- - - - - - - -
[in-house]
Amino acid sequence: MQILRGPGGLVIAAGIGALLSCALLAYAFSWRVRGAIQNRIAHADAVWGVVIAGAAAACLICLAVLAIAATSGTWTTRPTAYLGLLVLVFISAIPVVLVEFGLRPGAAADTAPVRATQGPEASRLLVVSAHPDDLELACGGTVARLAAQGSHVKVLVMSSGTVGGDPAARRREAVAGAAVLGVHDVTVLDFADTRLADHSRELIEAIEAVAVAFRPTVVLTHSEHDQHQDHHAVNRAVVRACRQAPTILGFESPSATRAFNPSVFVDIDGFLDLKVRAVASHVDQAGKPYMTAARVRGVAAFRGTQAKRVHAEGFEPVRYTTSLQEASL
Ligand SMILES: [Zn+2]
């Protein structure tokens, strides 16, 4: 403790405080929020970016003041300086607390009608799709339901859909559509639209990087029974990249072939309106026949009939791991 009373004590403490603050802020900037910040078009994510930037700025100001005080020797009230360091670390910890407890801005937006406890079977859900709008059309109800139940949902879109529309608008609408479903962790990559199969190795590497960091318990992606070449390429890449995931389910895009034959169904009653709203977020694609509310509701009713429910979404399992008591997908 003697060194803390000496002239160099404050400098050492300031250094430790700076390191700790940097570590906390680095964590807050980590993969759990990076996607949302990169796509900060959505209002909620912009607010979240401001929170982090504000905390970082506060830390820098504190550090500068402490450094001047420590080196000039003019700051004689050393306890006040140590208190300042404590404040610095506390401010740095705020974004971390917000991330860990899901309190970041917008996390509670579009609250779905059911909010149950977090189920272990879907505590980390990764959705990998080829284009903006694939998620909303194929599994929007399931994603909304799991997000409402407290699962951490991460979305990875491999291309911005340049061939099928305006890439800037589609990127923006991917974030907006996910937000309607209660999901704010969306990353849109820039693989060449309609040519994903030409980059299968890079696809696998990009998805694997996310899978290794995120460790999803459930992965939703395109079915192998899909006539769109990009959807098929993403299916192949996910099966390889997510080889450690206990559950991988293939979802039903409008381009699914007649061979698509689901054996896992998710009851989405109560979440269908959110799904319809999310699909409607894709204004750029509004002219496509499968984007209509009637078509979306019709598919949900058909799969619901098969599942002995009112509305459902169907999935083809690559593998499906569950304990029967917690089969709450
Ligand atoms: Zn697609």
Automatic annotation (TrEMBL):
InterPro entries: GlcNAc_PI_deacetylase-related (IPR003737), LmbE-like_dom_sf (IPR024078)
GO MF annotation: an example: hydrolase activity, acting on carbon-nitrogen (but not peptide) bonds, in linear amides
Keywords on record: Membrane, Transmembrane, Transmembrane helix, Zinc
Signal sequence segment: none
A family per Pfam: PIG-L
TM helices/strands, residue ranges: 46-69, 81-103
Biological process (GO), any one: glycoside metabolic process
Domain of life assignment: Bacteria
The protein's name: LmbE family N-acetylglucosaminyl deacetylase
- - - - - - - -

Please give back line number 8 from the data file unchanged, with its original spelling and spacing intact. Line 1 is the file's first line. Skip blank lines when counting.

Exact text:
GO MF annotation: an example: hydrolase activity, acting on carbon-nitrogen (but not peptide) bonds, in linear amides